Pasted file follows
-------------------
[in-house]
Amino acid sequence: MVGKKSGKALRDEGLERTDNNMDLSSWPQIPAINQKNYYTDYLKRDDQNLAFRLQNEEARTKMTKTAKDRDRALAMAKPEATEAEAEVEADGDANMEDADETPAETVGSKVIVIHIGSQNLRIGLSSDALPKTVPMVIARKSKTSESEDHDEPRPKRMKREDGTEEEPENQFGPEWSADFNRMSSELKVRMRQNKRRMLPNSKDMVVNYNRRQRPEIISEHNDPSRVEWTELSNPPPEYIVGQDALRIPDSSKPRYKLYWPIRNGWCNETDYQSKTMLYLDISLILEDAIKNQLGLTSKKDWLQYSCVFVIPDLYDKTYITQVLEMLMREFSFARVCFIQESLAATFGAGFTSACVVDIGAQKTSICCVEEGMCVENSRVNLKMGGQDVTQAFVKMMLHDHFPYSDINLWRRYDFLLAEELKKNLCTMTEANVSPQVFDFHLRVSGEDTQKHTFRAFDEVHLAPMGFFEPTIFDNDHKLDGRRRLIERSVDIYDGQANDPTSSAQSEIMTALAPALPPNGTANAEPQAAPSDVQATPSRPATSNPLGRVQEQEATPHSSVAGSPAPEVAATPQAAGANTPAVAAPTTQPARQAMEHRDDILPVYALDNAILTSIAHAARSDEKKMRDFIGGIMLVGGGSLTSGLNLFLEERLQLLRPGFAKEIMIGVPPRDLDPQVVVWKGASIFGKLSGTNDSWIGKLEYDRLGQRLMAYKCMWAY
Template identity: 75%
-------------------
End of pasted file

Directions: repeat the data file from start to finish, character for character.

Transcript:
[in-house]
Amino acid sequence: MVGKKSGKALRDEGLERTDNNMDLSSWPQIPAINQKNYYTDYLKRDDQNLAFRLQNEEARTKMTKTAKDRDRALAMAKPEATEAEAEVEADGDANMEDADETPAETVGSKVIVIHIGSQNLRIGLSSDALPKTVPMVIARKSKTSESEDHDEPRPKRMKREDGTEEEPENQFGPEWSADFNRMSSELKVRMRQNKRRMLPNSKDMVVNYNRRQRPEIISEHNDPSRVEWTELSNPPPEYIVGQDALRIPDSSKPRYKLYWPIRNGWCNETDYQSKTMLYLDISLILEDAIKNQLGLTSKKDWLQYSCVFVIPDLYDKTYITQVLEMLMREFSFARVCFIQESLAATFGAGFTSACVVDIGAQKTSICCVEEGMCVENSRVNLKMGGQDVTQAFVKMMLHDHFPYSDINLWRRYDFLLAEELKKNLCTMTEANVSPQVFDFHLRVSGEDTQKHTFRAFDEVHLAPMGFFEPTIFDNDHKLDGRRRLIERSVDIYDGQANDPTSSAQSEIMTALAPALPPNGTANAEPQAAPSDVQATPSRPATSNPLGRVQEQEATPHSSVAGSPAPEVAATPQAAGANTPAVAAPTTQPARQAMEHRDDILPVYALDNAILTSIAHAARSDEKKMRDFIGGIMLVGGGSLTSGLNLFLEERLQLLRPGFAKEIMIGVPPRDLDPQVVVWKGASIFGKLSGTNDSWIGKLEYDRLGQRLMAYKCMWAY
Template identity: 75%